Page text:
Human Evolution @ UCL



" Neanderthal Evolution


Neanderthals are a now-extinct human population which evolved in Eurasia and the Near East from around 400,000 years ago and who disappear from the fossil record around 40,000 years ago.  Neanderthal cultures show adaptation to a wide range of Eurasian environments and include innovations in stone tool technology, hunting strategies, use of fire and complex, composite technologies. As perhaps the species closest to us in the fossil record, sharing a common ancestor with modern humans, their evolution and eventual disappearance is of great academic and public interest.

The modern study of Neanderthal populations is an advanced, multi-disciplinary endeavour, combining sophisticated analysis of their technology, anatomy, diet, DNA composition and palaeoenvironmental context.  Through recent advances in these fields we can now appreciate the Neanderthals as a distinct human population, capable of interbreeding with modern humans and possessing a complex behavioural adaptive responses to a wide range of environments during the Middle and late Pleistocene.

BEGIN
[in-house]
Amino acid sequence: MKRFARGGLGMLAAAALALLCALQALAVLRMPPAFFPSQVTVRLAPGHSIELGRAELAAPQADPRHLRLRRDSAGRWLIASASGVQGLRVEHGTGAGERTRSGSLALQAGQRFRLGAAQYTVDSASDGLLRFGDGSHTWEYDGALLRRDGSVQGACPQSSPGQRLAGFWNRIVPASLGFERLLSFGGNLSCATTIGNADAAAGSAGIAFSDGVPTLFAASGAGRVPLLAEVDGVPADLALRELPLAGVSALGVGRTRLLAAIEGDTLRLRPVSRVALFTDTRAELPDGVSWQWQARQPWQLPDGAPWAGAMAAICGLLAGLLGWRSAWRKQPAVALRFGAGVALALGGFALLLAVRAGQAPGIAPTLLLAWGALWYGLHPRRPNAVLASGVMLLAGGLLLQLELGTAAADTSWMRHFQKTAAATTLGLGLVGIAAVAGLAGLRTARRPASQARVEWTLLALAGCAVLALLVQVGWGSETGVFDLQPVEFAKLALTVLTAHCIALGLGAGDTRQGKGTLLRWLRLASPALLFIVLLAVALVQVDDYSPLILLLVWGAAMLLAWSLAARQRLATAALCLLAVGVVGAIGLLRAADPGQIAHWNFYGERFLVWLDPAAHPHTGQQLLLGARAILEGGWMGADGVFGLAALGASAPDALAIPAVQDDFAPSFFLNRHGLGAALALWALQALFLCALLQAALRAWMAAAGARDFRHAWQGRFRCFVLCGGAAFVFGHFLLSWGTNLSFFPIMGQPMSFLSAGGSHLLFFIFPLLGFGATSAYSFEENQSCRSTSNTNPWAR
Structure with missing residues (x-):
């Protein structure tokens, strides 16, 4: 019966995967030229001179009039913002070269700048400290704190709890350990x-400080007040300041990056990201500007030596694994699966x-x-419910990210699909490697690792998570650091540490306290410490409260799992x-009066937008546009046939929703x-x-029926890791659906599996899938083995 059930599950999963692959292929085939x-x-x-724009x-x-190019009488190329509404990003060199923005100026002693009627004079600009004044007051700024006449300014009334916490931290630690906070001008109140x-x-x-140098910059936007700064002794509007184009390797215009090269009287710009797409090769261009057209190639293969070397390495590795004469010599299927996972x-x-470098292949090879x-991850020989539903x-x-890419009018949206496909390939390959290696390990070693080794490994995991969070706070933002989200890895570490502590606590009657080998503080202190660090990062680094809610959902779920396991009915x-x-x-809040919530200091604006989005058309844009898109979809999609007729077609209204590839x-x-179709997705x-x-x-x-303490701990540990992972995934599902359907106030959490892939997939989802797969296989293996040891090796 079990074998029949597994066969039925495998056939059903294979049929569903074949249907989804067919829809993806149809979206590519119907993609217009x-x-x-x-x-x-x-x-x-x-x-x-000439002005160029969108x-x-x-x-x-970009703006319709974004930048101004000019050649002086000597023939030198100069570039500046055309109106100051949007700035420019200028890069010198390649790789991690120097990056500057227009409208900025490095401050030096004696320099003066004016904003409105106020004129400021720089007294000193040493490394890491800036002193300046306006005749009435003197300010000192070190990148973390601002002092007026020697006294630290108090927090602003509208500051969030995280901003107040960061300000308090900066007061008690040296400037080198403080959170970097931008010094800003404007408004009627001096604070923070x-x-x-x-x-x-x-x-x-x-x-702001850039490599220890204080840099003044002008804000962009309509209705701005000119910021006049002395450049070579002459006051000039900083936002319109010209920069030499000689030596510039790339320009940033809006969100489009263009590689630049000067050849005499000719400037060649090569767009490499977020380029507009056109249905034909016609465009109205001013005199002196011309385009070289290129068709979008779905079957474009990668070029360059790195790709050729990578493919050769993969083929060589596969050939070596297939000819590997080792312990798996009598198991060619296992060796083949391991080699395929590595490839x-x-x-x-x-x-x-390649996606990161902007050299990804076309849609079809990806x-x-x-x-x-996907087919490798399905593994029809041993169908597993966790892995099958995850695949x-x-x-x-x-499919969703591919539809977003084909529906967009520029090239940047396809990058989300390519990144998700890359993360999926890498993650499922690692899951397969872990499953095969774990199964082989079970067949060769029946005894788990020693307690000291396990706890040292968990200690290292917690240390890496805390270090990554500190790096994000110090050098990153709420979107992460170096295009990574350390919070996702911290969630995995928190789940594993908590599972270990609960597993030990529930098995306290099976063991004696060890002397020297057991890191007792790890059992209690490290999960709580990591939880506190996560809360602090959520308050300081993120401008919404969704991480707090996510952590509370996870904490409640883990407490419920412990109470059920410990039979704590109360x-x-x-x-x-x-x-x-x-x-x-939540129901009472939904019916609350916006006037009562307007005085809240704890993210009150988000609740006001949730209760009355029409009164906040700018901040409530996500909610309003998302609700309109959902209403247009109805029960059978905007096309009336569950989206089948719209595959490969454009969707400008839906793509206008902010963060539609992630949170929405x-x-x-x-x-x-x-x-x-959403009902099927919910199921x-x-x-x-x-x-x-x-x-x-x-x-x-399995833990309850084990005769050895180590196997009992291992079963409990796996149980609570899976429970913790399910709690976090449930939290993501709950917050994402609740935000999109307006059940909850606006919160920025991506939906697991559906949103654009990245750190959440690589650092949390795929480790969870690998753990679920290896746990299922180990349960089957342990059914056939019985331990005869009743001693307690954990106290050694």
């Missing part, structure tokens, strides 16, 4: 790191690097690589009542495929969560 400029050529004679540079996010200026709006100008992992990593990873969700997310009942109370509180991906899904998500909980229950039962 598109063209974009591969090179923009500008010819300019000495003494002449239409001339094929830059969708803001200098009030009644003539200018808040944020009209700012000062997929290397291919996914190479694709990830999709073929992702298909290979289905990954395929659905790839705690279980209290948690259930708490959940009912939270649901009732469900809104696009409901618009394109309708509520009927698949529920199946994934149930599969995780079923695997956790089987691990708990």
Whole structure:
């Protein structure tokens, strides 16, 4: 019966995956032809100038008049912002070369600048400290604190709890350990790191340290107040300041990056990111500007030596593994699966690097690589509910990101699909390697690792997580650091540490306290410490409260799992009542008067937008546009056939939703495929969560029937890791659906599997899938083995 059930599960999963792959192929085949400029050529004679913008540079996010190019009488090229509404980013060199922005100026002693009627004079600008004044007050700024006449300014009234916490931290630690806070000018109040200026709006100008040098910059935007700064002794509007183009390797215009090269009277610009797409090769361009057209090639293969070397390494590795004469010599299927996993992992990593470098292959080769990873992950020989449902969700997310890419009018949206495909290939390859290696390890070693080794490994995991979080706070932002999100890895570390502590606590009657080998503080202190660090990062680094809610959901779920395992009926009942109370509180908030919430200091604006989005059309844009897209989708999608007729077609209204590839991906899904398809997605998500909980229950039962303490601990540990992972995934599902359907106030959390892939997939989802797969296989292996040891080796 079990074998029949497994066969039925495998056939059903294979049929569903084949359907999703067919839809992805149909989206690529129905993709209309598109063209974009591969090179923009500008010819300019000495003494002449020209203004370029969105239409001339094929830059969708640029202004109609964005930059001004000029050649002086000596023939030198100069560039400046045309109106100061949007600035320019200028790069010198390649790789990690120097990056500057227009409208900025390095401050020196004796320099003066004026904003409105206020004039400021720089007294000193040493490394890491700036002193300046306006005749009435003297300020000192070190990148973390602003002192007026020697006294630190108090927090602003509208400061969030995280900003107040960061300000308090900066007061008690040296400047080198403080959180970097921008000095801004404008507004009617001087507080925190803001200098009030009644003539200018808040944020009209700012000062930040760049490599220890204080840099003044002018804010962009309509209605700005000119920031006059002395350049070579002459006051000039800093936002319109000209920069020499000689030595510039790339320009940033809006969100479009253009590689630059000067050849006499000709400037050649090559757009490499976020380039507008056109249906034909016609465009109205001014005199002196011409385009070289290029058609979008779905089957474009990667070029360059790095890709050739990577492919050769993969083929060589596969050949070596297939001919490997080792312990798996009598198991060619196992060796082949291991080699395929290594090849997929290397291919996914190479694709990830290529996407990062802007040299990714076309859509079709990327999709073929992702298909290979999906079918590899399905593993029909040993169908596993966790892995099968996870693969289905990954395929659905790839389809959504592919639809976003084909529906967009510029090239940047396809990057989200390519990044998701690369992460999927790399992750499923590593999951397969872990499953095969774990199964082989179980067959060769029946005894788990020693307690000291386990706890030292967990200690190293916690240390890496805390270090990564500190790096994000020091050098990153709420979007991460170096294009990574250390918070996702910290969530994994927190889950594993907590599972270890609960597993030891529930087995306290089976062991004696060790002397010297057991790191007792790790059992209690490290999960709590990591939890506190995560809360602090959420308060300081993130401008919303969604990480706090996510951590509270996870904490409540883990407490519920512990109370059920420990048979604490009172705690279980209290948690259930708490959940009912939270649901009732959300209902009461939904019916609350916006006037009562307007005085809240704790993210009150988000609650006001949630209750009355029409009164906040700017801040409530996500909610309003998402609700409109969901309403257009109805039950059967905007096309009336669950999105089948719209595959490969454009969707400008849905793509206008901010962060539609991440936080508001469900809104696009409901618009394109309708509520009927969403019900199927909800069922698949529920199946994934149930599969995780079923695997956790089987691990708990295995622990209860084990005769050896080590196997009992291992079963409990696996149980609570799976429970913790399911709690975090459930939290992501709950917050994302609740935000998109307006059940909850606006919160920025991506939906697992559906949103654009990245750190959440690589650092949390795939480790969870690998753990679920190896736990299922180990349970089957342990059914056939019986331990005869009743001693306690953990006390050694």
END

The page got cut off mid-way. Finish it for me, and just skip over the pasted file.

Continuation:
UCL has a strong focus on Neanderthal research including the direct excavation of Neanderthal occupation sites, anatomical research and palaeoenvironmental studies into their contemporary landscapes. Through inter-departmental research here at UCL and important collaborations with other research institutions the Neanderthal legacy and the part they played in human evolution continues to be brought into focus.

Experts in Neanderthal Evolution

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